Scaled-Back Gun Bill Headed For Minn. Senate Vote
ST. PAUL, Minn. (AP) – A significantly scaled-back plan to revise Minnesota’s gun laws advanced toward a final Senate vote after receiving the blessing Tuesday of a vocal gun-rights group.
The proposal was revised to remove language that could be construed as requiring expanded background checks or limitations on lawful gun ownership. The sponsor also abandoned a section of the bill that would have put more “crimes of violence” on a state list of offenses that make a person ineligible to own a gun in the future.
As it stands now, the bill fills gaps in databases consulted in present gun background checks by including court records from longer ago. It cleared the Senate Finance Committee, its last stop, by a 15-2 margin.
Sen. Ron Latz, a St. Louis Park Democrat and the legislation’s sponsor, stripped all provisions deemed controversial and assured fellow lawmakers that it would stay that way.
“There won’t be any room for anyone to make an extra run” at expanded gun laws, Latz said.
Joe Olson of the Gun Owners Civil Rights Alliance said his group, which helped scuttle other firearms bills this session, won’t get in the way.
“We have absolutely no objections to the bill as it is being amended,” Olson said.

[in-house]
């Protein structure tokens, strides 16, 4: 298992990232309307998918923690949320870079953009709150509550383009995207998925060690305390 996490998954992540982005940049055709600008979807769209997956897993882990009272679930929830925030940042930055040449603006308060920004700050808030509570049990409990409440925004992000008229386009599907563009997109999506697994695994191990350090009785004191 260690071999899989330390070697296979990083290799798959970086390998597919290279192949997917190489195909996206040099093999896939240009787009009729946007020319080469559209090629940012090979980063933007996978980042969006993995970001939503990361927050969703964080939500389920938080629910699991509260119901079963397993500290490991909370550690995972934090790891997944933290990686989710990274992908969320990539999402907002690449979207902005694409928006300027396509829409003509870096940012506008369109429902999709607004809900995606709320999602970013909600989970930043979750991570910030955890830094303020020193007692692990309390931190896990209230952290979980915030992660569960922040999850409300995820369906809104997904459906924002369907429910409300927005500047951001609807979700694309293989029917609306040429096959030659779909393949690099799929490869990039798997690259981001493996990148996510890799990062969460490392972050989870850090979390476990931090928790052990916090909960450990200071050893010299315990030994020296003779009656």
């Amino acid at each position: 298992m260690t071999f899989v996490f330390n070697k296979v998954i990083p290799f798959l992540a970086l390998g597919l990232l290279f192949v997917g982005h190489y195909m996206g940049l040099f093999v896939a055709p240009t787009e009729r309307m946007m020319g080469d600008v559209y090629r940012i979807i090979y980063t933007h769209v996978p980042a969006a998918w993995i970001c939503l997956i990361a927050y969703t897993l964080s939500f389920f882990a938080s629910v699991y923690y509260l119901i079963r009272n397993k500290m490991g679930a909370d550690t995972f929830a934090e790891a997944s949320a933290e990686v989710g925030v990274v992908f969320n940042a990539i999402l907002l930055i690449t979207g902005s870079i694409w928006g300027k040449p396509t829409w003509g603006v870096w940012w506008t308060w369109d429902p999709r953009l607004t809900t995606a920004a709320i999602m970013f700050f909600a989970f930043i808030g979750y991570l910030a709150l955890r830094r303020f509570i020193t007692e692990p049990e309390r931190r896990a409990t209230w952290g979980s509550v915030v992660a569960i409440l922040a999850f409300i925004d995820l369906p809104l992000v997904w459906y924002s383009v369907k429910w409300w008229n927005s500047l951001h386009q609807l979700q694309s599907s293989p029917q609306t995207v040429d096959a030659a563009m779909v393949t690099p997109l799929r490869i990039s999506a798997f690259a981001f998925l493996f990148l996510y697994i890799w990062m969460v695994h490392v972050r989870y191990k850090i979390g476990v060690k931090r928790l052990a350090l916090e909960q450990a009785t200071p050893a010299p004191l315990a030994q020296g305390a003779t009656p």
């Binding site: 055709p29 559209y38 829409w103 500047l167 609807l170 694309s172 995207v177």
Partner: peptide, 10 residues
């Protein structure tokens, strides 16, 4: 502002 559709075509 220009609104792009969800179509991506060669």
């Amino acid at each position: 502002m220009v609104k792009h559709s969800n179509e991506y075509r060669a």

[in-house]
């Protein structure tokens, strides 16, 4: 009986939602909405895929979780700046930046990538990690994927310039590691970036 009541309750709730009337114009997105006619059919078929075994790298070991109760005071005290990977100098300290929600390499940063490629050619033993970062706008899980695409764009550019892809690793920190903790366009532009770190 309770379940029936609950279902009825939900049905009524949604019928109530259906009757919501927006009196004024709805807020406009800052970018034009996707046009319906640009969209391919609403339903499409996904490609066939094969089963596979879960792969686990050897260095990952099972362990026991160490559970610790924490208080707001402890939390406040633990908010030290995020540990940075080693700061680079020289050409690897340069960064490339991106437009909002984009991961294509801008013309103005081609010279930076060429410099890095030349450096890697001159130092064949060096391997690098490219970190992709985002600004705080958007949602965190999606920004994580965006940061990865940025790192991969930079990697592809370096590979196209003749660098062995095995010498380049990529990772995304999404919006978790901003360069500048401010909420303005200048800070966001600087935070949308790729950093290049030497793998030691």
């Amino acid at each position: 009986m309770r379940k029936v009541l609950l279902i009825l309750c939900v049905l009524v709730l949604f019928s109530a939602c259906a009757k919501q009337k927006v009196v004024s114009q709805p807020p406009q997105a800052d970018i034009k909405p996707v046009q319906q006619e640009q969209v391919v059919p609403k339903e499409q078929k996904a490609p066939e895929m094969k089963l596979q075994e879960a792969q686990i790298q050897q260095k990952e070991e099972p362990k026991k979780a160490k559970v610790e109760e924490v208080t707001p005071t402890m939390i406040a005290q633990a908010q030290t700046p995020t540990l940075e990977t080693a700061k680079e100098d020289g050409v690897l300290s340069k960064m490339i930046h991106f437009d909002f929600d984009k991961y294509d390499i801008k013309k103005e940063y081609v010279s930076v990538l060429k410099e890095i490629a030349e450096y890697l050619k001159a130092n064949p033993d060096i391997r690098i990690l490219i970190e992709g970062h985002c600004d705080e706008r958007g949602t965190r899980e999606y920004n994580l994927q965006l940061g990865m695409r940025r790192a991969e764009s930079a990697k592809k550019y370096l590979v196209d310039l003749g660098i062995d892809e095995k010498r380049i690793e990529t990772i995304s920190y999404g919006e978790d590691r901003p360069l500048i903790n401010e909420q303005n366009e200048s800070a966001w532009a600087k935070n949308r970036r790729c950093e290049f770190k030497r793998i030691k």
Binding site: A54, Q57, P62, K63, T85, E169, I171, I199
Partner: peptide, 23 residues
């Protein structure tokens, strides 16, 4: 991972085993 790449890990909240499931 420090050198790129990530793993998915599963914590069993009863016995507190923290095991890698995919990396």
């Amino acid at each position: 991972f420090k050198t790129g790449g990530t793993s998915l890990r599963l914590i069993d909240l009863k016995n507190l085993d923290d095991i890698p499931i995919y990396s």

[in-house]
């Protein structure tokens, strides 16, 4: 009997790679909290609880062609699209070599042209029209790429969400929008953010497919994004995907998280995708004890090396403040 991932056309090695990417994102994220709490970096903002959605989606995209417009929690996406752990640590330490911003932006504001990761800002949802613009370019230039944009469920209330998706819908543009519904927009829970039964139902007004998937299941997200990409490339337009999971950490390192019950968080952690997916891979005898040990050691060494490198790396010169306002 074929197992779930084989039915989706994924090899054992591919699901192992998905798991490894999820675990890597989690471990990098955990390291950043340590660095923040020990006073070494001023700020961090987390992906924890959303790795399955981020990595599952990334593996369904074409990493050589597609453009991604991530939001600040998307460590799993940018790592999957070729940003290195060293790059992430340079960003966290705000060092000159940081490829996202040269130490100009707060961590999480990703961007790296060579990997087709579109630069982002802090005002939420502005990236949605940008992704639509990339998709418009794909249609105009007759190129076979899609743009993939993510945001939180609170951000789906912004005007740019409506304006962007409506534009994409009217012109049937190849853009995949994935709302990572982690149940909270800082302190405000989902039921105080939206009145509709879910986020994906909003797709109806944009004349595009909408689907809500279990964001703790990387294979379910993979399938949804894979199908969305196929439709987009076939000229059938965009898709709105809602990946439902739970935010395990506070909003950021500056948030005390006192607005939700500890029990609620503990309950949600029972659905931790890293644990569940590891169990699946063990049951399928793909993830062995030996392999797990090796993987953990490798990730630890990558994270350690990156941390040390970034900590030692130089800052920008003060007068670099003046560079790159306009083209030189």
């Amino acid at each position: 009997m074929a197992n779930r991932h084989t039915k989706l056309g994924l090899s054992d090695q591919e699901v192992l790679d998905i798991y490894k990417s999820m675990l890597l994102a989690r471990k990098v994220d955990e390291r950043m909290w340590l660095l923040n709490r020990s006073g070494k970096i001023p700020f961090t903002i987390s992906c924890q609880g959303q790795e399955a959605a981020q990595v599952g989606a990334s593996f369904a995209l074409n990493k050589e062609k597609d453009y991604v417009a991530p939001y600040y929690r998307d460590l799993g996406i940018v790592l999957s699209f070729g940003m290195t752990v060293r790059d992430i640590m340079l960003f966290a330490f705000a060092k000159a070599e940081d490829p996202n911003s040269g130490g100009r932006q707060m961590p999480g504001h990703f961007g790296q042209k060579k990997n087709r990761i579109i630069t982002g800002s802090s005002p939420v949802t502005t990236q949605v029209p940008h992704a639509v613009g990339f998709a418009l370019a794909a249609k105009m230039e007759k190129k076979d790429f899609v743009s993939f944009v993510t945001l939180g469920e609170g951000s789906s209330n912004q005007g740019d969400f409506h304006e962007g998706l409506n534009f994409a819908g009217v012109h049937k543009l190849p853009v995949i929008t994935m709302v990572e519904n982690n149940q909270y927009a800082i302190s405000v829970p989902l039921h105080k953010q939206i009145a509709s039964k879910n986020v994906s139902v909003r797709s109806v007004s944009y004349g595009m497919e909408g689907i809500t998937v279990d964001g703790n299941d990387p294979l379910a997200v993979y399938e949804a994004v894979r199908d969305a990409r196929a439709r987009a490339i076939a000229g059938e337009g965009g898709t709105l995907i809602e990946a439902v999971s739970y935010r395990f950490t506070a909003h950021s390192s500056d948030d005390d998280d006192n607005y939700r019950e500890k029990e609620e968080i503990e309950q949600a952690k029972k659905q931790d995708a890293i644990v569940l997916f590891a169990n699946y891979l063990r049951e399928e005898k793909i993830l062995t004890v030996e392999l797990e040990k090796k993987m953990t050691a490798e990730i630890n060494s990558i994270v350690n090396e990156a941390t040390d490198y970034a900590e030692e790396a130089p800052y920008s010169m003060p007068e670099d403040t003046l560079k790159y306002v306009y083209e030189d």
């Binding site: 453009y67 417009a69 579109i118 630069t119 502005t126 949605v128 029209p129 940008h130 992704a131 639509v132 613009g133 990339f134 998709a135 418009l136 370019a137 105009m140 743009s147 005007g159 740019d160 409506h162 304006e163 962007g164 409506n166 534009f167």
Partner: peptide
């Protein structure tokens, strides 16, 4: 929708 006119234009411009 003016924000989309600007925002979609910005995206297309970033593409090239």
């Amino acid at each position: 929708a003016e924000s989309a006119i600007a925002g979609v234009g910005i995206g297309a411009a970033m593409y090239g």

It would speed the transfer of certain records to a national background database used by law enforcement to make decisions on legal gun ownership. It would also entail going over tens of thousands of paper court records that were used prior to electronic record-keeping, in an effort to make the database more complete.
Rep. Michael Paymar, sponsor of a House gun measure, said he anticipates the Senate database update proposal will reach the House and Senate floors this week as part of a public safety budget bill.
House Speaker Paul Thissen, DFL-Minneapolis, previously shelved Paymar’s bill for the year after it became clear that broader background check requirements couldn’t pass. He said the House would be willing to consider no-controversy gun law changes but leaders there have no interest in debating a proposal to expand background checks that would be doomed.
“I don’t see the point of taking a vote just to take a vote. If we’re going to get something good done, then I’m happy to proceed on that,” Thissen said, adding, “If we can come to an agreement where we get the votes there, bipartisan support I suppose, I’m happy doing something on guns.”
Rural Democrats and a united Republican caucus in the House joined to stall the wider-reaching gun measures.
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